There were a handful of ladies there boxing and packaging the individual tea bags as well as boxing up packages of loose tea. The entire process was really fascinating and we all walked away with a box of Ndawara Tea!

The next part of our tea plantation tour was the kid's absolute favorite. It seems that the owner has been trying to build a small menagerie of animals for his guests to see. This isn't like any ordinary zoo. We are in Africa, and there aren't any strict safety regulations like you would find at a zoo in the states!  We were led to the animals and this is what we saw!
Oh my he not cute!?  These little guys were just roaming around. We were all a little timid actually. At the back of my mind was the story of the lady that had her face ripped off by a chimp.  I wanted to go home with all of my body parts on this day. We were told to walk on by them for now as we were led to the back of a large field where all the birds were held.  Gorgeous peacocks and huge Ostriches were wandering around behind a fence.  We were careful of the ostriches too!  They were looking for something to eat and I didn't want it to be our fingers!
This picture just needs a caption!

After the birds, there were a couple of caged monkeys. They were both chained and sitting in the darkness. I felt bad for the little things. I don't think they see the light of day very often.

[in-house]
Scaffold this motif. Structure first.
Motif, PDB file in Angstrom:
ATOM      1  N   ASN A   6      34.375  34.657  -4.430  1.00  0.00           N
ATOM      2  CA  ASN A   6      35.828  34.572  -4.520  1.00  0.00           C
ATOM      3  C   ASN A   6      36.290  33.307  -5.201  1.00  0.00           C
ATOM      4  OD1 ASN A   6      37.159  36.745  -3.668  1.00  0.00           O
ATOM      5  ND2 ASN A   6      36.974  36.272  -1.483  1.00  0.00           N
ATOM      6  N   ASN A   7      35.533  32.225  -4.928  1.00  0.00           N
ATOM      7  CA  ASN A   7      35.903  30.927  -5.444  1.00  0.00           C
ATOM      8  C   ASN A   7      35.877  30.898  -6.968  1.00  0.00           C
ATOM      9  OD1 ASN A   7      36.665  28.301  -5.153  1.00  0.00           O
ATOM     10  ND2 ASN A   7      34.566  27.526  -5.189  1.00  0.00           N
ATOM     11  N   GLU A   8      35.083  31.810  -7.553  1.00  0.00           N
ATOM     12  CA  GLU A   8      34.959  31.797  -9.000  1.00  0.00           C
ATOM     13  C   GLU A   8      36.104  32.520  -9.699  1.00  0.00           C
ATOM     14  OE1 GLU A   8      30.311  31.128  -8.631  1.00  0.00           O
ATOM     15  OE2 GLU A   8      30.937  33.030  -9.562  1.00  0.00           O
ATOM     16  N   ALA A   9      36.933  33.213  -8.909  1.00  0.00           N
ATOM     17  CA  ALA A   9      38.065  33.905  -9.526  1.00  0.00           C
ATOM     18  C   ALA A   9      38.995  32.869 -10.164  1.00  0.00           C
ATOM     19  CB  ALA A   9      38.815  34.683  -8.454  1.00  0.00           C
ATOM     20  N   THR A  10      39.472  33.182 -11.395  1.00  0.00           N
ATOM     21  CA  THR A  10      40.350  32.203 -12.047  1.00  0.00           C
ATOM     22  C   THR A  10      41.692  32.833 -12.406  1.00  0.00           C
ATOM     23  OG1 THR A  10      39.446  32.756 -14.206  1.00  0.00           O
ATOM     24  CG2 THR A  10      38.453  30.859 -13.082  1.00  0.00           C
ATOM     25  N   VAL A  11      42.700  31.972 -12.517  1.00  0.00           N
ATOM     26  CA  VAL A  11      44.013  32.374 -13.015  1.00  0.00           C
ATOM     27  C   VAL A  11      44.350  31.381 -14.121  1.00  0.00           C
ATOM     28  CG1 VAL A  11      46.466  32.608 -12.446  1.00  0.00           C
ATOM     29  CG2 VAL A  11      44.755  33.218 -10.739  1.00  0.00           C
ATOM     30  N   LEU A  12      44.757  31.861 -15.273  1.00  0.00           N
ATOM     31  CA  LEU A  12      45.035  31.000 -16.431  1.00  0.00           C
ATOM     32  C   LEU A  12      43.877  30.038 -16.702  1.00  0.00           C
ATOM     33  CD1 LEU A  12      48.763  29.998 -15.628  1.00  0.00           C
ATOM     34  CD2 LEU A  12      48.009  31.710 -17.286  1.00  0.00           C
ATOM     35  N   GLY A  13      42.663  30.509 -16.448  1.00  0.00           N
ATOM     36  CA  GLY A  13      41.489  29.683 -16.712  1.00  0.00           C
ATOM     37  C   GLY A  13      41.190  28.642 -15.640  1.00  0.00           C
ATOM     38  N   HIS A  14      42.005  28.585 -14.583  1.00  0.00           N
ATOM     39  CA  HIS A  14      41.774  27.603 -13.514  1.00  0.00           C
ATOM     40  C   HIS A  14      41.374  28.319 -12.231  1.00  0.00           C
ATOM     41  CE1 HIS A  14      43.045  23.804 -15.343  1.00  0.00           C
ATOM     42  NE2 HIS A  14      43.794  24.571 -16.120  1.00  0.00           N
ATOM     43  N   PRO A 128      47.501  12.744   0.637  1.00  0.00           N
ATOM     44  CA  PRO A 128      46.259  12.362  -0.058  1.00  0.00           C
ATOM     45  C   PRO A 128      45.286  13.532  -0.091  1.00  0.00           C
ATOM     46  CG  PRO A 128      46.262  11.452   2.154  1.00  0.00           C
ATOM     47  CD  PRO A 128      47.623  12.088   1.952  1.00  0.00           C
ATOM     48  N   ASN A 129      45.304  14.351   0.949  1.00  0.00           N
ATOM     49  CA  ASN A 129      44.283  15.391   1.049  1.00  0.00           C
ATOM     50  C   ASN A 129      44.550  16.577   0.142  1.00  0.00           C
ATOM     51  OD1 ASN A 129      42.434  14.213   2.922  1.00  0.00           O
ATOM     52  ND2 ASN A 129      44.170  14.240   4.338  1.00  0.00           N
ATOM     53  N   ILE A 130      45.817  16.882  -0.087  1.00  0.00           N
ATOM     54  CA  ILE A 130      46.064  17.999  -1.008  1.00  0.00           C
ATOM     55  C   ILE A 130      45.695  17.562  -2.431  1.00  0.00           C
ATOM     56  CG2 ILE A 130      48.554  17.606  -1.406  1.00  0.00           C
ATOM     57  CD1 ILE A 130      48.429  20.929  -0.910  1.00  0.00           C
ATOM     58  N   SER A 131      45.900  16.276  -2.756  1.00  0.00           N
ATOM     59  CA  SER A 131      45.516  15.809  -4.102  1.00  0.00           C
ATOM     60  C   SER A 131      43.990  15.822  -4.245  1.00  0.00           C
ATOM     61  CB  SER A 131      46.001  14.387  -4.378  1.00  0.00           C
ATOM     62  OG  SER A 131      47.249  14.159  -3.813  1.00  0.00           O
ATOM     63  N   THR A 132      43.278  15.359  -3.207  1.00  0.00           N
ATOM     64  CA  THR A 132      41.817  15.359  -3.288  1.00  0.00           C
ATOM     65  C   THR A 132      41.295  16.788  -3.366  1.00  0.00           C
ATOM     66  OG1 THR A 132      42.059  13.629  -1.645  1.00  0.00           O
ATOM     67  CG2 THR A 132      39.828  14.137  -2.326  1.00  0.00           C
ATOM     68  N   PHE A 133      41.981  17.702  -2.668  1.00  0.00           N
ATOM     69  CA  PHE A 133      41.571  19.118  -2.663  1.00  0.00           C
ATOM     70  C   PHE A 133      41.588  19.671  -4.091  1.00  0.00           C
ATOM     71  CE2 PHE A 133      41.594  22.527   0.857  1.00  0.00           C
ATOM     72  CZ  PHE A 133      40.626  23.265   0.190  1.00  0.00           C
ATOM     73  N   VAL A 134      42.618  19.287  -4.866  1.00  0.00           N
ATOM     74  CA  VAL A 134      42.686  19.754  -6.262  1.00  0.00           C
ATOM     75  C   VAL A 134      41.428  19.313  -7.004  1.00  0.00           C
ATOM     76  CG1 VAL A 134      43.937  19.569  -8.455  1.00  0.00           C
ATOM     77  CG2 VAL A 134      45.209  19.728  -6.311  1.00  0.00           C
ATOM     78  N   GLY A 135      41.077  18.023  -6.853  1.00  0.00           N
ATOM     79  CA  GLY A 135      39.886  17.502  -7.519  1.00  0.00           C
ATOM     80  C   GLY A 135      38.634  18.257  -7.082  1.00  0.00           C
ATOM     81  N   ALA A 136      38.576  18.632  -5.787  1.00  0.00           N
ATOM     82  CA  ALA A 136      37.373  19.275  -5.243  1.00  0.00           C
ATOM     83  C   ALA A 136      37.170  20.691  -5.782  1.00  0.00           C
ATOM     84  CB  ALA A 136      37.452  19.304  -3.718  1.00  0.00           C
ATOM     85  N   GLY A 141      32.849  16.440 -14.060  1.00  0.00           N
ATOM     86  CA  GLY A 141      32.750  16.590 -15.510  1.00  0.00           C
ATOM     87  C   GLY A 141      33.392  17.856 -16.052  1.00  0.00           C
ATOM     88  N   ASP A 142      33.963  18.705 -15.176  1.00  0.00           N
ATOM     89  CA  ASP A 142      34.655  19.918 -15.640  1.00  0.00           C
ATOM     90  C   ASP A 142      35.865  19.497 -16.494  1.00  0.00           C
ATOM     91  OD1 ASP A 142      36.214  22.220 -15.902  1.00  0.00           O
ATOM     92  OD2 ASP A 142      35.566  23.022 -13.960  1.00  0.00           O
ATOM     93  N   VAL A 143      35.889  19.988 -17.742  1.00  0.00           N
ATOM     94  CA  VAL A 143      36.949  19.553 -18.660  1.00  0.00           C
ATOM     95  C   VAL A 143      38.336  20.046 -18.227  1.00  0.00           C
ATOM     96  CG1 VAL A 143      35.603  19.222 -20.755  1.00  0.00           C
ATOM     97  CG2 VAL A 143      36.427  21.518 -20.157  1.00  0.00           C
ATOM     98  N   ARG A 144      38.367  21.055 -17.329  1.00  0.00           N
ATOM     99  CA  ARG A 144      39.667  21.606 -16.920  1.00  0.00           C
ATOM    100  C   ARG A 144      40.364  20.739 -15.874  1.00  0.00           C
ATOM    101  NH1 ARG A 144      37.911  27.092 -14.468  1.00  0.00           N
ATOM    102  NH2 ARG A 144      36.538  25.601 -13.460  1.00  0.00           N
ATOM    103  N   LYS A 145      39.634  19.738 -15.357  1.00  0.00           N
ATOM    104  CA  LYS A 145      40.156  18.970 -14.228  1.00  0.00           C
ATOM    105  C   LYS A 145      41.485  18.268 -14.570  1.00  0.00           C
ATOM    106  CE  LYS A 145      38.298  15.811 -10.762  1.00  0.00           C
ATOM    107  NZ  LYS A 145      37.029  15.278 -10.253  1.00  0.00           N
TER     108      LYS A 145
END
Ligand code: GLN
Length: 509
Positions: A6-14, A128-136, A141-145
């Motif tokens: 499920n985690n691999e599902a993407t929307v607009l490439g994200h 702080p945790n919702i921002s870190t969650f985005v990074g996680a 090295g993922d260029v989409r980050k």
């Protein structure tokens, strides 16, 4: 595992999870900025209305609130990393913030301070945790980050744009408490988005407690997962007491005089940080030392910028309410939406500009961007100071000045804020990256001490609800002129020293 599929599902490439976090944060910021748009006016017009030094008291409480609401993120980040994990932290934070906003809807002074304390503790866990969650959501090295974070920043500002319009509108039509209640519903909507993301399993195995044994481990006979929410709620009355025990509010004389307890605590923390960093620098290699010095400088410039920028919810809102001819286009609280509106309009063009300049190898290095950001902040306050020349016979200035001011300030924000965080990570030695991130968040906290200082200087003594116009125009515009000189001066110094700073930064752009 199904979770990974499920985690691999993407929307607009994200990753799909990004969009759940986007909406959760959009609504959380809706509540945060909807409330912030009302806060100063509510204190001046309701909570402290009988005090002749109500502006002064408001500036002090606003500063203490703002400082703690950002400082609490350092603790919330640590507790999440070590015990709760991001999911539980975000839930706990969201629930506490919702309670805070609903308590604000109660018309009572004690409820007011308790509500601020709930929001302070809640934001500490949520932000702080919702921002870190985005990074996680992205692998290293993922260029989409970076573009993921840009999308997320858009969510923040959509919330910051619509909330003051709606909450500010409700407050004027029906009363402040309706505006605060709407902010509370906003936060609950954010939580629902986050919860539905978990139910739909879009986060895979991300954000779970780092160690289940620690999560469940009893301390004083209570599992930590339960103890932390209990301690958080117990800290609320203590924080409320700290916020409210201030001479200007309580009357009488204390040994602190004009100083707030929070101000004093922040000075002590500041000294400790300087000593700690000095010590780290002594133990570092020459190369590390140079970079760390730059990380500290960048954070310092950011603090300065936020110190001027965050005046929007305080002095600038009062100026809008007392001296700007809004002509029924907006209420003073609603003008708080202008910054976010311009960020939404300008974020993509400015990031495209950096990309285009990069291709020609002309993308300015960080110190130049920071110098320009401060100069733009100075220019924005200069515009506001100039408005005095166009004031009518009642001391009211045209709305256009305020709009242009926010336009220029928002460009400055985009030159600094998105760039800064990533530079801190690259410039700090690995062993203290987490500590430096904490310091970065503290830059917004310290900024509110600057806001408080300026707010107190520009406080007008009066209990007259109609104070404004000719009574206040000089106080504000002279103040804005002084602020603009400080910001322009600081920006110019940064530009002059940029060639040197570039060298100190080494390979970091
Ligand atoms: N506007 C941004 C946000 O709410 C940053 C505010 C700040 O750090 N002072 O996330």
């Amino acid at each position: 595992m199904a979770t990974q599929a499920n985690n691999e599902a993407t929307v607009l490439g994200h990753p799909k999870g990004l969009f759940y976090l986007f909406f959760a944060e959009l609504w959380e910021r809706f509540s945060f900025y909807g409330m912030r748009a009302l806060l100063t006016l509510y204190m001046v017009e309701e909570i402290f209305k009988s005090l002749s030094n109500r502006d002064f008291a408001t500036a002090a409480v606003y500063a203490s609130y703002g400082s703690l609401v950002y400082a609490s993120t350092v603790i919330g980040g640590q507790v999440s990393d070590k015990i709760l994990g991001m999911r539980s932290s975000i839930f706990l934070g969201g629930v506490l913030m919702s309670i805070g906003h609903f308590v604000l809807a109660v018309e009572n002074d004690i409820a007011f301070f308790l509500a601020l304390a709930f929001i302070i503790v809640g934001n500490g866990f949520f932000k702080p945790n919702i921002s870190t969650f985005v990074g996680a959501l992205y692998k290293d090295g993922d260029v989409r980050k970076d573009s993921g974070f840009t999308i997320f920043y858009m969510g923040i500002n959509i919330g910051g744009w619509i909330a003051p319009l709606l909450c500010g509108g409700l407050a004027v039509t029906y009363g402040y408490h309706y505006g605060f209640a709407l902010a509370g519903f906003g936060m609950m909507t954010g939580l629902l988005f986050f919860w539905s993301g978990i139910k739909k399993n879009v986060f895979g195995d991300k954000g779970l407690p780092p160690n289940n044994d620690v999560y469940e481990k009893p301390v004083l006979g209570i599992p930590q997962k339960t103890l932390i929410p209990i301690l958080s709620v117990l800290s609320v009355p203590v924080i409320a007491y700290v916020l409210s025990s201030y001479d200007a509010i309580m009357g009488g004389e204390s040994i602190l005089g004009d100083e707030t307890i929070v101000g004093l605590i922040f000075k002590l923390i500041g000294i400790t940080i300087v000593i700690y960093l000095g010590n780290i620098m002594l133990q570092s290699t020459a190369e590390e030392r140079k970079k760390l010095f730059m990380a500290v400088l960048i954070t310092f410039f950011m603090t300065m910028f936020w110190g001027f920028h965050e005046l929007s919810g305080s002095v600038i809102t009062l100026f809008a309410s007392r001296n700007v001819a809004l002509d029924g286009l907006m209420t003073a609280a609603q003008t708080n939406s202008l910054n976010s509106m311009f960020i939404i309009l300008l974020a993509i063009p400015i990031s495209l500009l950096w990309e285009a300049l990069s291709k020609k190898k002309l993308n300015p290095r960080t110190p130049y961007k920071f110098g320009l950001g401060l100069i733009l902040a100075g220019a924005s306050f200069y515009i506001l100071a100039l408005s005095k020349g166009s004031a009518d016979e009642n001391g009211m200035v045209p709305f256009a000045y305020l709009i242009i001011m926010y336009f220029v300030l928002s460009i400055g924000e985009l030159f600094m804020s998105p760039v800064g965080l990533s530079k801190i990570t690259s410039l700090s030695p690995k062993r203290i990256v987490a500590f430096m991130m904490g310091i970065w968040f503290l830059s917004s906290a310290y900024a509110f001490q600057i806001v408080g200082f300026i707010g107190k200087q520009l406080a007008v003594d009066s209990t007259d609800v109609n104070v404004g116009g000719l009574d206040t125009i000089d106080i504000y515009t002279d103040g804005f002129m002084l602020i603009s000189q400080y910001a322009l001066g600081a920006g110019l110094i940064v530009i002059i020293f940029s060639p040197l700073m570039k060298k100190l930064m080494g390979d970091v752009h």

Then the Boa Constrictors were the last thing in this section of the "zoo". They were very large and very ugly, and I don't think it is even necessary to post a photo. :)  We were all pretty anxious at this point to get back to the adorable Chimps!  

By this point we were kinda warming up to the chimps (all but Faith Ann and Daddy). Kate, Emma and I really wanted to hold one. Daddy said no, however and I can understand his decision. Wild animals are wild and unpredictable. I'd rather go home with my face in tact than say that I was able to hold a chimp for the first time.  We were able to shake Billy's hand at least, and he was trained to make kissing noises when greeting people. It was really cute. The smaller ones were wild and crazy. They kept fighting with each other like a couple of toddlers. It was so funny to watch. 
We stood around and watched these little guys for probably an hour. This was the end of our visit to the Tea Plantation and it was such a full day! We definitely made some wonderful memories and plan to go back again. We now have two incredible places to take our guests when they come to visit us here in Cameroon. I plan on bringing my Mom here when she comes out in October. We also love taking our visitors to the PresPot, which is a pottery place where you can watch them form pieces from scratch out of clay. They explain the entire process of forming and firing the pottery. One day I'll do a post on that - it is pretty amazing!